Speaking of character-reader relationships in All The Light We Cannot See: I can’t think of a single character I didn’t bond with. I adore Marie-Laure for her bravery, curiosity, and astuteness, and Werner for his impassioned intelligence and his desire to hang onto his goodness despite the terrible cause he’s part of. Then there’s peculiar Uncle Etienne, whose fierce love and engineering know-how protect Marie-Laure; Madame Manec, whose canned peaches are to die for and small-scale rebellion against the Nazis makes you cheer; Volkheimer, the gentle war “giant” in constant awe of Werner’s engineering genius; Frederick, a budding expert on birds and a tragic example of what happens when a Hitler Youth swims against the tide; and Werner’s little sister Jutta, who’s bright like her brother and perhaps more aware of the dangers he’ll face in the war. I could go on, but the point is that all of Doerr’s characters seem so real, it’s impossible to not fall in love with them.

Now, Doerr’s writing style. If an ocean somewhere ebbed and flowed with his descriptions and sentences, I’d wade in it all day. That’s how evocative and powerful Doerr’s writing is – and he doesn’t write in that manner for beauty’s sake. His word choices, vivid verbs, and inventive metaphors fit every scene where they appear and dig right into the heart of each character. They set your heart a-pounding during the raid on Saint-Malo. They steal your breath when Marie-Laure explores beaches and grottos and when Werner listens to French science lesson broadcasts on his radio. They swell in your throat as both children learn of the horrors of their world, both everyday and due to the war. Somewhere around Page 50, I started keeping a journal of the words and phrases that leapt out at me. I couldn’t tell you the last time a novel inspired me to do that – which speaks volumes about Doerr’s technique.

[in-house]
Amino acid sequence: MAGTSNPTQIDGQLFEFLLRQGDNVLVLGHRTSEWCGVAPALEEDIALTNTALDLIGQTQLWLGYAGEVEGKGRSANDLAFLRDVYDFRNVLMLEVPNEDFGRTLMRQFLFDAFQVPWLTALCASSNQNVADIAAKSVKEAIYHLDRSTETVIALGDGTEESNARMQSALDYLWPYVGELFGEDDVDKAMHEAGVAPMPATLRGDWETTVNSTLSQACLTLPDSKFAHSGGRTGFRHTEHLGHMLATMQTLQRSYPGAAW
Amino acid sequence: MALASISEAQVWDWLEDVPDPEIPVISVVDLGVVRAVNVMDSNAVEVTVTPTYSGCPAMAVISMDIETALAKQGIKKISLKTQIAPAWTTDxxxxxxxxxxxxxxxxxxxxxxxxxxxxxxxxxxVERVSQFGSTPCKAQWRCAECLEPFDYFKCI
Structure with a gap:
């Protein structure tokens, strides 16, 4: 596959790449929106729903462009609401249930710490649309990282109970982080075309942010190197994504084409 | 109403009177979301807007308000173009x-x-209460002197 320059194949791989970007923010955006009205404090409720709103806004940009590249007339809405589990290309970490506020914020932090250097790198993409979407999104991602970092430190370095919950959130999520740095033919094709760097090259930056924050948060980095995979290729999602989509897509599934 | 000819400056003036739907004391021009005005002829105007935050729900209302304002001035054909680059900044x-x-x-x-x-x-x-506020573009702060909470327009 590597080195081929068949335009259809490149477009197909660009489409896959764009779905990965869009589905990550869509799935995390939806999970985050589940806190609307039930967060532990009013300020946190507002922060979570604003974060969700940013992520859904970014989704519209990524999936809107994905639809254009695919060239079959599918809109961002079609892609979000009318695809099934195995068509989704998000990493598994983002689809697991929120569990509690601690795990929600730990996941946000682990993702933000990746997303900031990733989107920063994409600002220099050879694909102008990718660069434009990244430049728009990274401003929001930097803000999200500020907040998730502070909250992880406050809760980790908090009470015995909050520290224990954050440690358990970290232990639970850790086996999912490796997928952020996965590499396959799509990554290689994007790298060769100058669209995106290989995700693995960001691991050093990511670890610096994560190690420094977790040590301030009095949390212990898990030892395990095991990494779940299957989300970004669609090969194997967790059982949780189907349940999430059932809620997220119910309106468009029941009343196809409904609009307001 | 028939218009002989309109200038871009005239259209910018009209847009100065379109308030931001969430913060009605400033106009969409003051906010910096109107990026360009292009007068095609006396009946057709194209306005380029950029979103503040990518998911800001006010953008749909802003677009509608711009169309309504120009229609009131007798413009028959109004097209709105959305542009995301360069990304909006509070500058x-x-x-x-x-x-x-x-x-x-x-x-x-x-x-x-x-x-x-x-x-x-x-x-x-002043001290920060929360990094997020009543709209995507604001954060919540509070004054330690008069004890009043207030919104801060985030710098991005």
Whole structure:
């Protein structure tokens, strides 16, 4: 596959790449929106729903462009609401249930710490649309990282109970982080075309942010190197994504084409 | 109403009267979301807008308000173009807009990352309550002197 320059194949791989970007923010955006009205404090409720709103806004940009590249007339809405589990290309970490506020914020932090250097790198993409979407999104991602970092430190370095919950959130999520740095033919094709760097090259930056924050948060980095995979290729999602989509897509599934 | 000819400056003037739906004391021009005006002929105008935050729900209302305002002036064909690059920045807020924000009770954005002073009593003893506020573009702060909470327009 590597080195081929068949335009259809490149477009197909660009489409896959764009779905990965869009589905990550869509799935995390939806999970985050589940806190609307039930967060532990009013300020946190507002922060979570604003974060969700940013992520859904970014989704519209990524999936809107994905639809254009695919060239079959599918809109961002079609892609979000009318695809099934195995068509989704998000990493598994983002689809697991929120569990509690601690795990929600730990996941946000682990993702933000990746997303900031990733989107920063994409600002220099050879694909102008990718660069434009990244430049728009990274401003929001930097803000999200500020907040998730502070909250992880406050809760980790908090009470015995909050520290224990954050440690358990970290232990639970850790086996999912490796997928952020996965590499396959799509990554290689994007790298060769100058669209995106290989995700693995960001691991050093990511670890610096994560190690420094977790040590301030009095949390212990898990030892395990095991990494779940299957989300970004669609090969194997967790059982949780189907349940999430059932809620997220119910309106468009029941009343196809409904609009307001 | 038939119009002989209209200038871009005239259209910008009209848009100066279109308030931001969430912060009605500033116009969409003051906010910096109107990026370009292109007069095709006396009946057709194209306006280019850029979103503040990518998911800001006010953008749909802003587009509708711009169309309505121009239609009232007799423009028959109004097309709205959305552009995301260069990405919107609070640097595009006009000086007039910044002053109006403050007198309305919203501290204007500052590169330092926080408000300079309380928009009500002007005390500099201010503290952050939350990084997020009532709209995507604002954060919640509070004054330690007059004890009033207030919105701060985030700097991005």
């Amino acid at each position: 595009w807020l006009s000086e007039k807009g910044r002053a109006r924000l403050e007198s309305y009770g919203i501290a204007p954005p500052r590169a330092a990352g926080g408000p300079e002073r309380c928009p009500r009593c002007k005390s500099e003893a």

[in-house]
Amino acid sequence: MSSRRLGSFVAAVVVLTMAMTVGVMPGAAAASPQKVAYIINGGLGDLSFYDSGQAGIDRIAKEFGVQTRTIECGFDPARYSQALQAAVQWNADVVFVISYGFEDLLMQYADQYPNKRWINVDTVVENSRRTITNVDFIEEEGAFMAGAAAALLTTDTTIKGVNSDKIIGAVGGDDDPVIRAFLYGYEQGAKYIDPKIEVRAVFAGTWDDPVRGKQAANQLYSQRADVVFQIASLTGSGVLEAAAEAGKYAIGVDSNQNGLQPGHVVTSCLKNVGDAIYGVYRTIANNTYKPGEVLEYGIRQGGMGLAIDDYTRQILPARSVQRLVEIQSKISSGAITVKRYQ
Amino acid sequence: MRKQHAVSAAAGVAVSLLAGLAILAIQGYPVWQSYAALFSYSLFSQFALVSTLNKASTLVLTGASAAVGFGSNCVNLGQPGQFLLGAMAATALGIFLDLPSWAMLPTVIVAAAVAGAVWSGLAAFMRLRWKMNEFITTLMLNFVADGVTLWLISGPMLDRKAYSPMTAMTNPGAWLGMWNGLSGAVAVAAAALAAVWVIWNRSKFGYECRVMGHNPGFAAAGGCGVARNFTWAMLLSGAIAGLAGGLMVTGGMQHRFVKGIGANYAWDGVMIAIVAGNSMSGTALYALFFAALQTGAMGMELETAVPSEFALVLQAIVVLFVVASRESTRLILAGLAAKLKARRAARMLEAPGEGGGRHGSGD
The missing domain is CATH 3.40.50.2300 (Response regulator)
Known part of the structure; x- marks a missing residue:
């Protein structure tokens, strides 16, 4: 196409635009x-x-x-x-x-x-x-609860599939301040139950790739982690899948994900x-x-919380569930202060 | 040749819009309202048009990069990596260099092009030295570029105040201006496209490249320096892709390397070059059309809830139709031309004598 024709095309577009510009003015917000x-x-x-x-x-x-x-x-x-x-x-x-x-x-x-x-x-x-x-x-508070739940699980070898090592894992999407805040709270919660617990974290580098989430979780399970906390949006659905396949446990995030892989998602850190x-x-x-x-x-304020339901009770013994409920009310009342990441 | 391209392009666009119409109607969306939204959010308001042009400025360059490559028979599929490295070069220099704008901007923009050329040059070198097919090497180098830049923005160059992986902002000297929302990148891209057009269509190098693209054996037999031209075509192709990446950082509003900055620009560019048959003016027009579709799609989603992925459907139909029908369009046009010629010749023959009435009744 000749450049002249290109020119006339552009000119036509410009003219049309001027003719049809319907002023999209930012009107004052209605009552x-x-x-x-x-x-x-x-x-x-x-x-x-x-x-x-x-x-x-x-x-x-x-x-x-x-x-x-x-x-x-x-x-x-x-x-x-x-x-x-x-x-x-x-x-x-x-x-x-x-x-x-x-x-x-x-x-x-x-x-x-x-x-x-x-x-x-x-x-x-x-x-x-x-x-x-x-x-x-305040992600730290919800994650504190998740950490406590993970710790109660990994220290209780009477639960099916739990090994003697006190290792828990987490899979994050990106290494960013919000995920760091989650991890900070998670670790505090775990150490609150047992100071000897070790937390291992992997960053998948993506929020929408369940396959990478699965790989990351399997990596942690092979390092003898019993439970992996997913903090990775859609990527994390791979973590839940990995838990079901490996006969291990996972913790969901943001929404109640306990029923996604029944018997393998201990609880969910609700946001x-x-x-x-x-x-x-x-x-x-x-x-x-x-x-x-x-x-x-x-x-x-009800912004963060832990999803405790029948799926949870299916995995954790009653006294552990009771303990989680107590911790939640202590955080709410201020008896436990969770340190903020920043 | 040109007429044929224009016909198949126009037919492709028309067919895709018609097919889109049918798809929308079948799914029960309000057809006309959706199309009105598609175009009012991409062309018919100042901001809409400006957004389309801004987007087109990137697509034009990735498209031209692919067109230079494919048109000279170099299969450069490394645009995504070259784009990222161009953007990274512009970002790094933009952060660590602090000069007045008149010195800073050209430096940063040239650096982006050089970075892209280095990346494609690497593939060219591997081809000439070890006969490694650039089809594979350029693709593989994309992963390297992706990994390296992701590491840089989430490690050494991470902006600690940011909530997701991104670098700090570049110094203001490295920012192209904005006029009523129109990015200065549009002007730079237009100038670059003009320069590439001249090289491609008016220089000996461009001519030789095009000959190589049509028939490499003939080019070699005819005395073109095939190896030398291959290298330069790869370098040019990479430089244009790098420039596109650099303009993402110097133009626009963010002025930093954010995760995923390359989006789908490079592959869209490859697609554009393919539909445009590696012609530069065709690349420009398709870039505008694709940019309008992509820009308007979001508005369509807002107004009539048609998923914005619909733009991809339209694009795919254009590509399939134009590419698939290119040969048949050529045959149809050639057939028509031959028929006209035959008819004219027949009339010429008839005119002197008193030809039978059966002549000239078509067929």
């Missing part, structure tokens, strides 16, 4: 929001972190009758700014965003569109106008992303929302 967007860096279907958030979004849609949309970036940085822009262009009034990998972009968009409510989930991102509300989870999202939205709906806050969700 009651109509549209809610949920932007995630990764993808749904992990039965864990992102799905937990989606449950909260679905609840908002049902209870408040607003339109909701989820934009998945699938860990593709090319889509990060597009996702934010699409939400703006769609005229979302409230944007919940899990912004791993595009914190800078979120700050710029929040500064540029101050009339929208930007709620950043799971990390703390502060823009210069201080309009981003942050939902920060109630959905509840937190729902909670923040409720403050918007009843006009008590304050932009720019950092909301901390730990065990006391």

Lastly, I’m floored by the amount of research Doerr must have done for All The Light We Cannot See. Not just about WWII-era France and Germany, but about seemingly small details such as mollusks, radios, blindness, birds, gemstones. These details add richness and vibrancy to the story, draw you closer to the characters, and ensnare your heart so it’s fully invested in the outcome. This book had me in a constant state of admiration and wonder; I couldn’t help but marvel at the time and painstaking effort Doerr must have spent on completing his manuscript and ensuring the accuracy of even the tiniest facts.

I may read mostly fantasy, but when I read any book I always look for a compelling story, believable characters, and a fluid writing style. Anthony Doerr’s All The Light We Cannot See is a stunning example of all three elements. It’s so well written, and so urgent and successful in convincing you to read another scene, then another, and another, until you lose all track of time. It’s also a prime example of the power of words on a reader. It makes you laugh, cry, hold your breath, bite your fingernails. Most of all, it shows us the impact of life-changing choices that must be made in seconds, and the uncanny ability some people have to see the light – be it compassion, beauty, or potential – in darkened hours and places when others cannot.

Have you read All The Light We Cannot See? What did you think of it? If you haven’t read it yet, do you think you might check it out based on what you’ve read above? Let me know by commenting below or visiting the same review at Amazon or Goodreads.